• Group Homes – smaller LTC facilities providing care to those with mental illness, those recovering from substance abuse, or a halfway house, empowering people to integrate into society following incarceration.
  • Memory Care Units – provide care to those with dementia, including Alzheimer’s.
  • Hospice – provides care for those who are terminally ill
  • Assisted living facilities – residents live in their own room, apartment, or home but are under supervision and have access to help with activities of daily living (ADLs) such as bathing, getting dressed, and eating.

How big are these facilities? Long-term care facilities can range from a group home with a few people to large facilities with 100s of residents.

Note: more than one type of long-term care can take place in one building, such as having a memory unit for those with dementia or Alzheimer’s disease within an assisted living facility.

So what does a long-term care dietitian actually do? That’s our next section!

What are the responsibilities of long-term care dietitians?

While not a hard sell to tell a fellow dietitian that nutrition is impactful, the RDN’s expertise is becoming increasingly appreciated in the LTC community at large. Moushumi explains that “these days, more and more LTC residents are asking for a consultation with a dietitian and that is absolutely wonderful.”

While the long-term care dietitian’s responsibilities will vary from one facility to another, you can be pretty confident that your duties will include the following:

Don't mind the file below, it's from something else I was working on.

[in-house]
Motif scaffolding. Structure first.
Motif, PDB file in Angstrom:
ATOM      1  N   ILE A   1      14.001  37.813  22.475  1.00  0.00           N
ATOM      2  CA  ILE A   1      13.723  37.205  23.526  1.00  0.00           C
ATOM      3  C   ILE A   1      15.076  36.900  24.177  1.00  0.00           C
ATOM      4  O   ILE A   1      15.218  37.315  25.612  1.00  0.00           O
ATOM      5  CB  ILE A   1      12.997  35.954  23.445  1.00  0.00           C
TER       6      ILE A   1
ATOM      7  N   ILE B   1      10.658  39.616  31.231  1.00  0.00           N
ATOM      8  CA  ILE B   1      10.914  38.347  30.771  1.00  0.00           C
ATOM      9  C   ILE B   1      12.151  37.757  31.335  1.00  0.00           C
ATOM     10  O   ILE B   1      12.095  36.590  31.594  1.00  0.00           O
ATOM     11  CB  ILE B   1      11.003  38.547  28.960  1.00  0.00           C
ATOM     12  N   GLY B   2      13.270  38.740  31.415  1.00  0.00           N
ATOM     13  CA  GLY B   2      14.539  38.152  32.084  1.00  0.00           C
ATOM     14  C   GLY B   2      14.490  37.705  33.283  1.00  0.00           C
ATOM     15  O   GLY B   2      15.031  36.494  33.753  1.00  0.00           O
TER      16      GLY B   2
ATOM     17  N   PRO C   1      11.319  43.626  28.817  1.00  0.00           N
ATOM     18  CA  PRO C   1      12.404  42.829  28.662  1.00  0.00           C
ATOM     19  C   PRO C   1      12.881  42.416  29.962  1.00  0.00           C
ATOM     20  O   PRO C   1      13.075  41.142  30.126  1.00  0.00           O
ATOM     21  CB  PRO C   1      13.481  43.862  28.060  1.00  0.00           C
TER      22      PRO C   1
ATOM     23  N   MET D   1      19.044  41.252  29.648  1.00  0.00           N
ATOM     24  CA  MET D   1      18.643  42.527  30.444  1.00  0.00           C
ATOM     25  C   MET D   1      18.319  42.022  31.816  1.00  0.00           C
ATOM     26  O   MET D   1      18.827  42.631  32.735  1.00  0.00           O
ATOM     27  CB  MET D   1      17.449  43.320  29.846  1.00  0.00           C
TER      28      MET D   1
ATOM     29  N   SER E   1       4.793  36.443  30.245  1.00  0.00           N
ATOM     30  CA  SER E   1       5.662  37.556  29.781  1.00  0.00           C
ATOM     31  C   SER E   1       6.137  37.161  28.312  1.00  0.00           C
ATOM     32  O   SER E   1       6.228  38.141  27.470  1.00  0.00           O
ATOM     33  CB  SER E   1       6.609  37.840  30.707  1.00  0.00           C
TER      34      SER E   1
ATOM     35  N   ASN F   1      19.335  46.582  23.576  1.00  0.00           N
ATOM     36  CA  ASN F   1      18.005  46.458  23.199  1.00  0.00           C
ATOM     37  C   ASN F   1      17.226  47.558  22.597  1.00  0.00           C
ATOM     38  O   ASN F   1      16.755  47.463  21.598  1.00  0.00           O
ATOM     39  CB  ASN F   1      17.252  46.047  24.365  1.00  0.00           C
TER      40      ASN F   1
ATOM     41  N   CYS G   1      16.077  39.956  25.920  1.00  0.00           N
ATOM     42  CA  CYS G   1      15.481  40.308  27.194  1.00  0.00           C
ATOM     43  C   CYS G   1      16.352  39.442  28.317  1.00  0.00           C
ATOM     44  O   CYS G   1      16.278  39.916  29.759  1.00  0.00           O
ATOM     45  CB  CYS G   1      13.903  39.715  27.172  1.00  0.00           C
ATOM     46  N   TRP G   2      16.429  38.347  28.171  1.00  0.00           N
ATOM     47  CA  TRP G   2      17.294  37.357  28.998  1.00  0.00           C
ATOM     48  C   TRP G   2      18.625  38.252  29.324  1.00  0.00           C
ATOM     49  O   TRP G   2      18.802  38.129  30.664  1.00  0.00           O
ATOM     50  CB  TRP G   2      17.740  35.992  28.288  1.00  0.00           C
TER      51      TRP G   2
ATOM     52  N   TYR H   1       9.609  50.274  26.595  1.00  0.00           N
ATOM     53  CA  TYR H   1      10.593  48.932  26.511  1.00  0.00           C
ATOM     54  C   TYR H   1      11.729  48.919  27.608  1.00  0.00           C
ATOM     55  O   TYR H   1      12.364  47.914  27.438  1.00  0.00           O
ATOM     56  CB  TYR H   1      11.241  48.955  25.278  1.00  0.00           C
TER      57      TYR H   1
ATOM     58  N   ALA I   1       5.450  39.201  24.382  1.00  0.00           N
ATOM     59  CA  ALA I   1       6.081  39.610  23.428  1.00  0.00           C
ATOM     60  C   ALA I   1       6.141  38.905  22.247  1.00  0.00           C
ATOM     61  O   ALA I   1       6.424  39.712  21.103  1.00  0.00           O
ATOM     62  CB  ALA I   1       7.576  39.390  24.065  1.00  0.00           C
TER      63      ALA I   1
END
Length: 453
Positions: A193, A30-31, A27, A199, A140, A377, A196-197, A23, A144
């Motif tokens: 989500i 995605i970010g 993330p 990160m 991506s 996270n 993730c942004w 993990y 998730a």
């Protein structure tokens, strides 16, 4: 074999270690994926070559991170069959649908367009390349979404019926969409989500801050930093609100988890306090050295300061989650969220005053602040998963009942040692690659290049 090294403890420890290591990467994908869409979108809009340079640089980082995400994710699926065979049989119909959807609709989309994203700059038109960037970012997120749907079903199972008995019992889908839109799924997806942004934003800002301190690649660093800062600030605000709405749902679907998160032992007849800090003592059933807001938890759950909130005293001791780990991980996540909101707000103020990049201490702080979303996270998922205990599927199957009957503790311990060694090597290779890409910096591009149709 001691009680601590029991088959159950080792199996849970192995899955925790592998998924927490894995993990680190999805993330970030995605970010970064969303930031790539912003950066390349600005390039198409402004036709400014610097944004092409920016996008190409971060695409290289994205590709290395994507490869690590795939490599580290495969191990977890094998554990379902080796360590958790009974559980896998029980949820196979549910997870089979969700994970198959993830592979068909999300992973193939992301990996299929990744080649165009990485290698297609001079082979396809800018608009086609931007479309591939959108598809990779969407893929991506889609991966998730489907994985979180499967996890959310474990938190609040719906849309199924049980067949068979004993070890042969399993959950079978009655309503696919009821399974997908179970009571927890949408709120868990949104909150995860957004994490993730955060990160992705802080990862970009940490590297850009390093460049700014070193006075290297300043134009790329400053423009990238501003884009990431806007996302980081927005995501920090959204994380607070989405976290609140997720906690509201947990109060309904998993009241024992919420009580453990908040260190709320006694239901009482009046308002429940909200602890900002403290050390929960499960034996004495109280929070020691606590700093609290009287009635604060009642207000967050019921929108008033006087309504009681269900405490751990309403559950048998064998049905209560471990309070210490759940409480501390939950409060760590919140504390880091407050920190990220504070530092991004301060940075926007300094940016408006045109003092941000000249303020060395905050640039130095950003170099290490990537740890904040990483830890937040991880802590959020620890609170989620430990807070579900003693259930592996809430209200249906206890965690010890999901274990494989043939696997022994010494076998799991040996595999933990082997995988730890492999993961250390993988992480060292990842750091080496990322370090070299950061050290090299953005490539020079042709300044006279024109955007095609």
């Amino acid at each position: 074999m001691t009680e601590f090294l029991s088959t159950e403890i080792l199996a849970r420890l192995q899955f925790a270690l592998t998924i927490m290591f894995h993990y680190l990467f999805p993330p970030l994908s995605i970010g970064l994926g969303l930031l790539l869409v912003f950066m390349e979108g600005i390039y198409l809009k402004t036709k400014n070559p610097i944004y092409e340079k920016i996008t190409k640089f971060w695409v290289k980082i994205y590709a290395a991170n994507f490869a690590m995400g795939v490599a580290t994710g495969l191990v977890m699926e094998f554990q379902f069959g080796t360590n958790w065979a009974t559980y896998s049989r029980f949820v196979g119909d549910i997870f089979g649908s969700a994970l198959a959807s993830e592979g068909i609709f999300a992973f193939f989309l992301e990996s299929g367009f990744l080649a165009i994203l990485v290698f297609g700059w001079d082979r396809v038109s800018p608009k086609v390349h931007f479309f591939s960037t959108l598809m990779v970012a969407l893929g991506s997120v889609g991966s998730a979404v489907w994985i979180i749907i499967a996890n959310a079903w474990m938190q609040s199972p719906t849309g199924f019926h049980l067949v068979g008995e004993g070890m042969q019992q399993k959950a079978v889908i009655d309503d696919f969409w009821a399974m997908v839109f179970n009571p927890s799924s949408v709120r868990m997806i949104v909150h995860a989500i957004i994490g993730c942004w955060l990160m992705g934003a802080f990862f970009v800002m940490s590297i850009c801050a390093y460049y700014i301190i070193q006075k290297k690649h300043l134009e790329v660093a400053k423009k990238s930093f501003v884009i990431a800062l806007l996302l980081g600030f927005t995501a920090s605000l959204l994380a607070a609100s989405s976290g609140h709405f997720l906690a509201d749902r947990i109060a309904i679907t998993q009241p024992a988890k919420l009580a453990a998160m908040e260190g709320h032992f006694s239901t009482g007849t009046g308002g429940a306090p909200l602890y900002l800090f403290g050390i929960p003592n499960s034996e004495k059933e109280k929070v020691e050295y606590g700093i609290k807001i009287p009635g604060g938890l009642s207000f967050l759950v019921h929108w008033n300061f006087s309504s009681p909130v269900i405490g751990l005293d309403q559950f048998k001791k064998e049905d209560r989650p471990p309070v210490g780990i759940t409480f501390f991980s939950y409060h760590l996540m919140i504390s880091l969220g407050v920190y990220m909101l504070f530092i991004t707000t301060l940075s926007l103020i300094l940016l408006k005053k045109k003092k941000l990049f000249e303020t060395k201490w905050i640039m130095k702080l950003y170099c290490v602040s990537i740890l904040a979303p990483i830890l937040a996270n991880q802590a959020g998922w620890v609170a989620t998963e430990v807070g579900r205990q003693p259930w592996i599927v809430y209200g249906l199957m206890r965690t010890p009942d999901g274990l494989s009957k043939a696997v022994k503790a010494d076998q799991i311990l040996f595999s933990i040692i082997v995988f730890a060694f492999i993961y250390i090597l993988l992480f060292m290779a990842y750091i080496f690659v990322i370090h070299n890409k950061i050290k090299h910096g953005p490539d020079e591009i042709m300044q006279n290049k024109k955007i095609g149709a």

• Conduct nutrition assessments for all residents.
  • Assign appropriate diets to optimize and liberalize meals for residents based on their health and goals.
  • Coordinate care with the interdisciplinary team to ensure that all residents have the best possible nutrition intervention. This includes working with the speech-language pathologists to determine the safest texture of foods and liquids for each resident.
  • Calculate enteral and parenteral nutrition recommendations as needed.
  • Audit the kitchen to ensure that the trayline is meeting sanitary standards.
  • Work closely with the Certified Dietary Manager, your colleague who is ​​responsible for all food service operations in your long-term care facility. Some facilities call this colleague the lead chef or head chef or the kitchen manager.
  • Host in-service training for staff as needed.
  • Mentor interns as they move through their dietetic internship. We have many tips and strategies in our blog post, on precepting interns